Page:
Home Remedies

Caring For Paw Pads

Caring for your dog’s paw pads is a normal part of taking good care of your loved dog. As he or she engages in physical activity cuts and abrasions can be expected, so a weekly examination is in order. Unlike humans, dogs are more immune to feeling pain or complaining about it, so we should be more sensitive towards them and check if there is something we need to have looked at by your vet.

Caring for Your Dog’s Paw Pads

Some dogs can endure paw pad injuries and still be able to run and walk. However, there is a way to check if your dog’s paw pads are infected or injured – by checking out how much your dog licks them. Excessive licking can be a sign that there is something wrong with his paw pads.

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Caring for paw pads

 When your dog walks on warm surfaces such as concrete, under the blazing sun, he actually risks getting his paw pads injured or sore. So if you are taking your dog for a walk, make sure that it is the time of the day when the sun is not glaring that much. Early morning and evening times are the best times to walk your dog. Also, it can depend on your dog’s ability to adapt and adjust to the kind of weather his breed is naturally best suited for. Some dogs can do better in the heat while others are accustomed to the cold. This is another special quality of dogs – they can endure harsh weather more than ordinary humans can.

With that in mind, you should be responsible in caring for your dog’s paw pads, because a little infection can go a long way. Here are some tips on how to help your dog survive a day without getting paw pad injuries:

  • Avoid walking on black pavements because they are usually hotter than a concrete sidewalk when exposed to the sun. However, if black pavement is unavoidable, then try to limit the time that your dog walks on this surface and always keep them moving whenever they are on top of a hot surface. Think of it as running your fingers through a candle and not getting burned – the same is true for dogs as they cross the blazing sidewalks. In short – do not make them stand still or their paw pads will be toasted.
  • Walking on sand, especially darker sand can also be excruciating for dogs and their paw pads, because they get hot eventually. You can let your dog walk alongside the shoreline instead, where the cool temperature of the water can heal their sore paw pads. You can also try letting your dog walk along lighter sand.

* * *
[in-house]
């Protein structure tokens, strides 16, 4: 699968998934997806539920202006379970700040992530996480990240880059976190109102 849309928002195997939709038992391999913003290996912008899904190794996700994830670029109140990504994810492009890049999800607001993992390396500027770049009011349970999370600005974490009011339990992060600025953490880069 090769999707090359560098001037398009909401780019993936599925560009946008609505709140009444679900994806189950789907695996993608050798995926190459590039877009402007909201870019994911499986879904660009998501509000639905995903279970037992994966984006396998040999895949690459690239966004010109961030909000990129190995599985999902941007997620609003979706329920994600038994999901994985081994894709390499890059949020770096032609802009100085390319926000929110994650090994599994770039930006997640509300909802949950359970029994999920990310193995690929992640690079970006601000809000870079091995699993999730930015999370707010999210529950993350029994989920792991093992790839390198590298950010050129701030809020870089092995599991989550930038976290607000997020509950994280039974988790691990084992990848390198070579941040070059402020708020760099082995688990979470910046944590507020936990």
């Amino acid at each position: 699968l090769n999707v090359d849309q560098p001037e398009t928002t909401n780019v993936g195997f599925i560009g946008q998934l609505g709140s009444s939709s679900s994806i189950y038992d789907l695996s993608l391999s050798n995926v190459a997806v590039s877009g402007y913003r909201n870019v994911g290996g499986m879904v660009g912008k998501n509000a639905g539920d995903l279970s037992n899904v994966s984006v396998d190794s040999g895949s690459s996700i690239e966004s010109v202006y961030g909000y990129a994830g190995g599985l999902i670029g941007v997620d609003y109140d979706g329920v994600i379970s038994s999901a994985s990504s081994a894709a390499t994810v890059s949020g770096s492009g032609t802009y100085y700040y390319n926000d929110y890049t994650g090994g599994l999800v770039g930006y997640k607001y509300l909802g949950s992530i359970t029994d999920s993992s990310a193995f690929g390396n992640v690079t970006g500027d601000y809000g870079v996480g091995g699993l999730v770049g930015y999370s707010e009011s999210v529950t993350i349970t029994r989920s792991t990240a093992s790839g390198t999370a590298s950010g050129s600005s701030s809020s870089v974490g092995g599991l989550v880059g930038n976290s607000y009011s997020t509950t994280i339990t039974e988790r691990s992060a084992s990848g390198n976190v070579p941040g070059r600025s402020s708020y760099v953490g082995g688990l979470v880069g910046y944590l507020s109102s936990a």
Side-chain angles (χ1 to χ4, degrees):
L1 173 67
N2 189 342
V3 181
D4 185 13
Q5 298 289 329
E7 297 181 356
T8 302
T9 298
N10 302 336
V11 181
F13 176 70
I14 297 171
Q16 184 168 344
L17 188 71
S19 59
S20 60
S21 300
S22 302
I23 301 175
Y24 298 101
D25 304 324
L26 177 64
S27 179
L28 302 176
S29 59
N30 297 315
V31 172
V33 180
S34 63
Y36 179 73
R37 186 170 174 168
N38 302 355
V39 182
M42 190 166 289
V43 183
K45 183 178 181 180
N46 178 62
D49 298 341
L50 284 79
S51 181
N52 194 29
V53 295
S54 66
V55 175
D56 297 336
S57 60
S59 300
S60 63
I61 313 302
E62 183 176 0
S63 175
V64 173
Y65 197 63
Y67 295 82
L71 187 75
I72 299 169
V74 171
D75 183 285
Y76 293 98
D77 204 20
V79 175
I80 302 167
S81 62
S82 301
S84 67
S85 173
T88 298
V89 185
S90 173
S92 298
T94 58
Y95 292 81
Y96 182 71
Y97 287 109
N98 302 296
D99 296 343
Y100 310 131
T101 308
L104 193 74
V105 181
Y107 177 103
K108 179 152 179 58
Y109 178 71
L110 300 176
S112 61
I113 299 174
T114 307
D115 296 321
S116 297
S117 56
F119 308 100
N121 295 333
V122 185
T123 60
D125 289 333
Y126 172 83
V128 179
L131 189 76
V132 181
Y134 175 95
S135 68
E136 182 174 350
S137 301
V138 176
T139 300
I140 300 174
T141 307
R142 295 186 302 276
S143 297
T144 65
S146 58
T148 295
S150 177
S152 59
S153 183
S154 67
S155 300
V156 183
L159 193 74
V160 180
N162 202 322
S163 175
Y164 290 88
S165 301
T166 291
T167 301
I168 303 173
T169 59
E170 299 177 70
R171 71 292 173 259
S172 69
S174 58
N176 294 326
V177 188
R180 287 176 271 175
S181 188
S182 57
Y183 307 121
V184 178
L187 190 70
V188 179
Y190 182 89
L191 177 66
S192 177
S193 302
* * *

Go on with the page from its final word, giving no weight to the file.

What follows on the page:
• Many sharp objects like broken glass and sharp rocks can be at the beach or even in the streets, so it is important that you check your dog’s paw pads from time to time for any cuts or damage to his feet. This is because not all beaches and streets are free of these harmful objects – you have to be vigilant on what your dog walks on.
  • Treat any paw pad injury by washing it first, and then drying with a clean towel. Use antiseptic such as betadine, or even natural remedies like Neem Oil or Coconut Oil. Then, wrap it in rolled gauze and bandage it. Rewrap as necessary.

Caring for your dog’s paw pads are our responsibility as dog owners plus your pooch will love you all the more for doing so.

How do you care for your dog’s pads? Please share this article with fellow dog owners.

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3 Comments

3 Comments

  1. Avatar Of Laura

    Laura

    says:

    Good advise. Thanks.
    My Dalmation did have trouble with the snow and ice and was sorta chewing on his feet. His pads looked like they were getting close to splitting. He is a house dog, so isn’t outside In harsh weather longer than need be. Do you have any suggestions?

  2. Avatar Of Ron Miller

    Ron Miller

    says:

    Thanks for that reminder, Susan. One of our previous dogs had a lot of hair growing between the pads, and we had to pay special attention to keeping it trimmed. I had forgotten about that.

  3. Avatar Of Susan

    Susan

    says:

    Don’t forget to cut the hair or fur off the bottom of the paw pads. My one dog has fur growing between the pads and it gets about an inch or so long he ends up walking on the fur and pads. Also, keep their toenail trimmed especially for older dogs because it makes them walk differently and it puts pressure on their hips and shoulders.

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